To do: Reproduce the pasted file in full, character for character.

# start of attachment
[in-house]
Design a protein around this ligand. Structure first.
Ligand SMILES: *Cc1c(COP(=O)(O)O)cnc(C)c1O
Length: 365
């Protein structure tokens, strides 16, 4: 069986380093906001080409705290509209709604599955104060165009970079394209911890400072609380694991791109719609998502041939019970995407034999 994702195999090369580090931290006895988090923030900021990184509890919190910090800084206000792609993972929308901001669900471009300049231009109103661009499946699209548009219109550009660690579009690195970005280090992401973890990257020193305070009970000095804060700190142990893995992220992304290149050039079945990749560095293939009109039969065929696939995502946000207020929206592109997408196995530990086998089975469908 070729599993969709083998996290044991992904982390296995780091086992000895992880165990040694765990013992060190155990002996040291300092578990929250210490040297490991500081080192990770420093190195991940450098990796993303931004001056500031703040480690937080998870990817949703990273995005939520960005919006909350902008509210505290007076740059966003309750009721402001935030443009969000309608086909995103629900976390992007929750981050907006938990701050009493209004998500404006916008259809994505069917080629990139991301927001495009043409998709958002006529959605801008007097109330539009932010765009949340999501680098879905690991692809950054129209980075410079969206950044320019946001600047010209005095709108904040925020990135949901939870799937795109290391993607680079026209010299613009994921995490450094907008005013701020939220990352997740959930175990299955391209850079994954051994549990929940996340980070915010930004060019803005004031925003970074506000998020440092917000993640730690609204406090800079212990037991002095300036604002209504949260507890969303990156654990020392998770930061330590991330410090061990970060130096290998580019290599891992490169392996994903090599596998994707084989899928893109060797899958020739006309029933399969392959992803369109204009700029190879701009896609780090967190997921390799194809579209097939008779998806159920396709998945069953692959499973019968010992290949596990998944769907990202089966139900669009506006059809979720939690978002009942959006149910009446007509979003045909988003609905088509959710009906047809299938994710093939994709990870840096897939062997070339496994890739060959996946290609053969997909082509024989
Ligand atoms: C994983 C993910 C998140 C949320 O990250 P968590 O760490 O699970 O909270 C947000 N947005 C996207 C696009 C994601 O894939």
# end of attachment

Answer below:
[in-house]
Design a protein around this ligand. Structure first.
Ligand SMILES: *Cc1c(COP(=O)(O)O)cnc(C)c1O
Length: 365
């Protein structure tokens, strides 16, 4: 069986380093906001080409705290509209709604599955104060165009970079394209911890400072609380694991791109719609998502041939019970995407034999 994702195999090369580090931290006895988090923030900021990184509890919190910090800084206000792609993972929308901001669900471009300049231009109103661009499946699209548009219109550009660690579009690195970005280090992401973890990257020193305070009970000095804060700190142990893995992220992304290149050039079945990749560095293939009109039969065929696939995502946000207020929206592109997408196995530990086998089975469908 070729599993969709083998996290044991992904982390296995780091086992000895992880165990040694765990013992060190155990002996040291300092578990929250210490040297490991500081080192990770420093190195991940450098990796993303931004001056500031703040480690937080998870990817949703990273995005939520960005919006909350902008509210505290007076740059966003309750009721402001935030443009969000309608086909995103629900976390992007929750981050907006938990701050009493209004998500404006916008259809994505069917080629990139991301927001495009043409998709958002006529959605801008007097109330539009932010765009949340999501680098879905690991692809950054129209980075410079969206950044320019946001600047010209005095709108904040925020990135949901939870799937795109290391993607680079026209010299613009994921995490450094907008005013701020939220990352997740959930175990299955391209850079994954051994549990929940996340980070915010930004060019803005004031925003970074506000998020440092917000993640730690609204406090800079212990037991002095300036604002209504949260507890969303990156654990020392998770930061330590991330410090061990970060130096290998580019290599891992490169392996994903090599596998994707084989899928893109060797899958020739006309029933399969392959992803369109204009700029190879701009896609780090967190997921390799194809579209097939008779998806159920396709998945069953692959499973019968010992290949596990998944769907990202089966139900669009506006059809979720939690978002009942959006149910009446007509979003045909988003609905088509959710009906047809299938994710093939994709990870840096897939062997070339496994890739060959996946290609053969997909082509024989
Ligand atoms: C994983 C993910 C998140 C949320 O990250 P968590 O760490 O699970 O909270 C947000 N947005 C996207 C696009 C994601 O894939």